Halifax, Nova Scotia, Canada - Monday, May 8, 2000Celtic traditions, jazz attitude Improvisation adds an edge to Skyedance collaborations By SANDY MacDONALD -- The Daily News The collective musical attitude of Skyedance nicely mirrors the far-flung postal codes of its members - from California to Baltimore to Scotland's Isle of Skye. The progressive New Celtic ensemble makes its first appearance at Halifax's Rebecca Cohn on Thursday.
Each member of the sextet is an accomplished musician in his own right, and together the sum is a fascinating amalgam of sound, rhythm and melody.
"It's not the money that keeps us together," says Fraser, one of Scotland's most renowned fiddlers. "It's the creative challenge of the music. The whole point ... is to be creative in this band - not just play the old tunes.
"We want to step out and see what we can create together - that creative force adds a bit of excitement and edge."
Eric Rigler, a native Californian, plays the Great Highland bagpipes, the Scottish small-pipes and Irish Uilleann pipes. Chris Norman, who grew up in Nova Scotia, brings his wooden flute to the band. The group is rounded out with keyboardist Paul Machlis, fretless bassist Mick Linden and percussionist Peter Maund.
The immense musicality of the group allows Fraser's famed fiddle to cut loose from carrying the melody and "duck and dive" to play harmony.
"Someone always plays the tune, but the others can go and search around it. We get to weave more of a tapestry that way."
All members are composers, and their varied backgrounds keep the music fresh and challenging.
The group's latest CD, Labyrinth (Culburnie Records), features 13 compositions - each player brings at least one tune to the project.
The musicians gravitate together a couple of times a year, usually in anticipation of a recording session or concert tour.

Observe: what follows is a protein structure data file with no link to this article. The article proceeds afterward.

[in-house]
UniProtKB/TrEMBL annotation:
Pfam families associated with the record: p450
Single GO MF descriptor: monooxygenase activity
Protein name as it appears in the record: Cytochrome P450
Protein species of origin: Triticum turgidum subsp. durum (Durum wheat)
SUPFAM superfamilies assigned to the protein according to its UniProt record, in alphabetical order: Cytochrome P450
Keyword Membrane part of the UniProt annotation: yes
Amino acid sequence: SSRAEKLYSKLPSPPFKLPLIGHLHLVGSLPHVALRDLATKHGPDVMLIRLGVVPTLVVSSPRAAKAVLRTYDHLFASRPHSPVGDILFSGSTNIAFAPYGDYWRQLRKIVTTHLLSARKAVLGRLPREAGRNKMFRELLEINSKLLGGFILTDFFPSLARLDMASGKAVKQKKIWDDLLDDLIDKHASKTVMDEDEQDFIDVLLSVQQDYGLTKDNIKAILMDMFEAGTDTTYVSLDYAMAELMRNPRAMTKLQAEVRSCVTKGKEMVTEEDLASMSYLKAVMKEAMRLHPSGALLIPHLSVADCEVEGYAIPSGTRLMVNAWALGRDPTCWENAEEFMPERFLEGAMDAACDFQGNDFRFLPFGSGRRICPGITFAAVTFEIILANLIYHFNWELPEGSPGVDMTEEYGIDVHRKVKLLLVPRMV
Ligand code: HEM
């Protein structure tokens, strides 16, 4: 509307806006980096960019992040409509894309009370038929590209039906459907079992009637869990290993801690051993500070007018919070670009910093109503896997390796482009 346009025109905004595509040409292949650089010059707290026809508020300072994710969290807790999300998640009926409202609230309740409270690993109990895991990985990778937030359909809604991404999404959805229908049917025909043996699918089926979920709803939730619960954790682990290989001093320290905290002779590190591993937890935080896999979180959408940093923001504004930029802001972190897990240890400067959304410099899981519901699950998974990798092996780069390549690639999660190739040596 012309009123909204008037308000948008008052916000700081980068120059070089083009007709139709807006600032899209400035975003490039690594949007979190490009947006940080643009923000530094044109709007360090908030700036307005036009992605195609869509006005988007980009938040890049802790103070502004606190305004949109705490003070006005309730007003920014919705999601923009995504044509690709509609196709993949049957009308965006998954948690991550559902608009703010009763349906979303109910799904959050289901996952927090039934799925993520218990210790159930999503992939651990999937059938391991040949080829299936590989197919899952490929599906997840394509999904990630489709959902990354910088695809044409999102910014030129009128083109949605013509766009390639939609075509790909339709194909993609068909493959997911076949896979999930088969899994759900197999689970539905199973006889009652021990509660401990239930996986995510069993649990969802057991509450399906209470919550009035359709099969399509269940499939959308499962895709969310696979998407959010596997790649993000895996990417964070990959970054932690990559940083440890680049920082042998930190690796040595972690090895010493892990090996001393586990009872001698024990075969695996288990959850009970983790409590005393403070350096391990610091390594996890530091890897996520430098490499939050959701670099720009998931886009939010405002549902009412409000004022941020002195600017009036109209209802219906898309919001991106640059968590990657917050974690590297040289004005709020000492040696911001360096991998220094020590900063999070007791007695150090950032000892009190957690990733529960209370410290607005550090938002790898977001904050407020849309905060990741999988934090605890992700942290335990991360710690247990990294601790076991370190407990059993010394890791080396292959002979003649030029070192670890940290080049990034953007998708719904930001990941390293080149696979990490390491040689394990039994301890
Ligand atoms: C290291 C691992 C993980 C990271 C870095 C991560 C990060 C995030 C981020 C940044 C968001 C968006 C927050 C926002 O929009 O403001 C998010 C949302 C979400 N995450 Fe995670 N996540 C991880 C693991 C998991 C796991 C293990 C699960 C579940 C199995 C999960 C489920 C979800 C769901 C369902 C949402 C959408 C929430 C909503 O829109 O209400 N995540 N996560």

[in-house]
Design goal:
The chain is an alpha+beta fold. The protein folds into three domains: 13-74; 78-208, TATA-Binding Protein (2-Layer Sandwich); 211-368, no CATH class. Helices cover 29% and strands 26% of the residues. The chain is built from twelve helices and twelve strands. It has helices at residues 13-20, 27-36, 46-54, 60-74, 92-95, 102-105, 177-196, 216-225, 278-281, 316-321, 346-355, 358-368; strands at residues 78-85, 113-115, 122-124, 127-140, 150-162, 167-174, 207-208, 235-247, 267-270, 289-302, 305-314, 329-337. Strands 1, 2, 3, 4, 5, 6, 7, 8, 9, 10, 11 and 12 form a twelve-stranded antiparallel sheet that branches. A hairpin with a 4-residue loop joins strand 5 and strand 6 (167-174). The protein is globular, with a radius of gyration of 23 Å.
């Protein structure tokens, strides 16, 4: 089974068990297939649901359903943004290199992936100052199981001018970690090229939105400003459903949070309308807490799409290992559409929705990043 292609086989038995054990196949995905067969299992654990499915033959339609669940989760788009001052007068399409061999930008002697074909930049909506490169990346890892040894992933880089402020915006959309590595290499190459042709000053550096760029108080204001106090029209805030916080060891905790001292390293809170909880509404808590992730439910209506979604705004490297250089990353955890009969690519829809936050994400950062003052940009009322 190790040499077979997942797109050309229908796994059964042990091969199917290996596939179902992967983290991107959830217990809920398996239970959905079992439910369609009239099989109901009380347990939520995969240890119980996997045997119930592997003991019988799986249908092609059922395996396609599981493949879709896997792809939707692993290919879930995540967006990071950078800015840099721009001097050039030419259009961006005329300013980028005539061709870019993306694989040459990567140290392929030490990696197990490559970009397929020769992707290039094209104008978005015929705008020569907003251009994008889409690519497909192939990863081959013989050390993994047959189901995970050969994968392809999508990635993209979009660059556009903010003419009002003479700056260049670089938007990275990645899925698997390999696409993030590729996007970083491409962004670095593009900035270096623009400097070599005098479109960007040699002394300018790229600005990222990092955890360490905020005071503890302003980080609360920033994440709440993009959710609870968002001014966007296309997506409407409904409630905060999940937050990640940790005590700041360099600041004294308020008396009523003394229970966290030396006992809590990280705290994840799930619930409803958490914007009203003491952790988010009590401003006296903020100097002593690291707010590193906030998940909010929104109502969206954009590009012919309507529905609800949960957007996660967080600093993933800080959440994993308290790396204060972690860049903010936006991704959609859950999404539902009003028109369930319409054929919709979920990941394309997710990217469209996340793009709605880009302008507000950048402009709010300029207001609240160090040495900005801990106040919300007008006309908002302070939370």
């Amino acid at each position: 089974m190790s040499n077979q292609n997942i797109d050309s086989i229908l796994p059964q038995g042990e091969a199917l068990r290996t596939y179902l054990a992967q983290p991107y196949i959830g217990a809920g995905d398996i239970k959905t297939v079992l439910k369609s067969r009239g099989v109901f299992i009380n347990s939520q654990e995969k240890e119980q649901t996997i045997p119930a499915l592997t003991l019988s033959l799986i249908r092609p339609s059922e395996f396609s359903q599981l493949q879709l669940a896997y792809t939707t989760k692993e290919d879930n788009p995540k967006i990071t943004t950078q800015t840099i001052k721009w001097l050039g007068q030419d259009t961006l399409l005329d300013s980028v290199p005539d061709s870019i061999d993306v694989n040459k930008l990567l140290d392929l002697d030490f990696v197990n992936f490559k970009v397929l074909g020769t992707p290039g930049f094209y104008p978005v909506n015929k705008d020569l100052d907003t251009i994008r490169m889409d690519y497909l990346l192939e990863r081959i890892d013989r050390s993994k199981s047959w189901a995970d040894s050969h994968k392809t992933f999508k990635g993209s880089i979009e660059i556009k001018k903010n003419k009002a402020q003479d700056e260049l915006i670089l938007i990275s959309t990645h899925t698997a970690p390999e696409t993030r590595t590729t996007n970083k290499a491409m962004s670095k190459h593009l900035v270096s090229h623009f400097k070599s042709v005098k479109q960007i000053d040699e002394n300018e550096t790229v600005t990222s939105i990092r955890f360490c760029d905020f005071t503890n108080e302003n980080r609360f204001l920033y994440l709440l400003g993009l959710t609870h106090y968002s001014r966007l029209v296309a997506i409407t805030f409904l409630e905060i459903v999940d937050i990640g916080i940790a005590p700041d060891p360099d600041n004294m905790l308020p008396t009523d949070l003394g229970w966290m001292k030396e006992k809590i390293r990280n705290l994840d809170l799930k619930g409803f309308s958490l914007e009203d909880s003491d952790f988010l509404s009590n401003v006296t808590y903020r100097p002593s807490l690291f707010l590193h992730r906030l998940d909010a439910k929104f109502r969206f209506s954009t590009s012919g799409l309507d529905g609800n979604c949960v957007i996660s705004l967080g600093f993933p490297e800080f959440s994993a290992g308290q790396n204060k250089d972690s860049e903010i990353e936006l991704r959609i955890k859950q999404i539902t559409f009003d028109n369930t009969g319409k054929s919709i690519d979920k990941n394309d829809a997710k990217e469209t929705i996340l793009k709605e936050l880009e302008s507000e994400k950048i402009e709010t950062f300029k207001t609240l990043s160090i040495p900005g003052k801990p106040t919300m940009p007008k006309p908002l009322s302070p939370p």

When all the datebooks line up, the musicians fly in from around the world for what Fraser calls a "bash."
"We take a week and do nothing but try new musical ideas. We stay in a house somewhere and mess around. If somebody has an idea, they bring it along. If there's a good feeling about it, it flies. But if there's an awkward silence after a wee while, then it usually just lies dormant. Everyone's good about it."
The democracy in the creative process is rare in music. But because Skyedance plays so infrequently, the get-togethers generate excitement for the players. Band members embrace a jazz ethos about playing essentially traditional Celtic music, blending in influences from other musical cultures while leaving holes inside the music for flighty improvisational passages.
"Sometimes we'll take a little sidetrip in the middle of a piece."
Fraser has achieved acclaim as one of the world's finest fiddlers, a master of the Scottish style. To his highly developed ear, there's no other instrument that so closely echoes the human voice.
"When you think about the roots of the fiddle - rubbing the tail of a horse across the intestines of a cat - you wonder how on Earth did this instrument ever come into being and inspire so much music?"
Fraser relishes the opportunity to play progressive new music with Skyedance, and then return to his passion for the ancient traditional music. He spends several weeks each summer on Skye teaching fiddle.
"I do the Skyedance thing, which is searching forward, then go back and play the old tunes again - to fill up the well.
"That's the cycle that feels good."
Words from a master"The message in all my classes is to express yourself on the instrument. Do your homework, know the old tunes and where they've been. Identify your heroes and copy them. At some point, your own style will start to emerge. You'll find that you naturally take bits that resonate with your own personal makeup. That's the way the tradition works. The whole goal of it is so you can sit down and communicate the emotions and feelings and excitement of the music." - Alasdair Fraser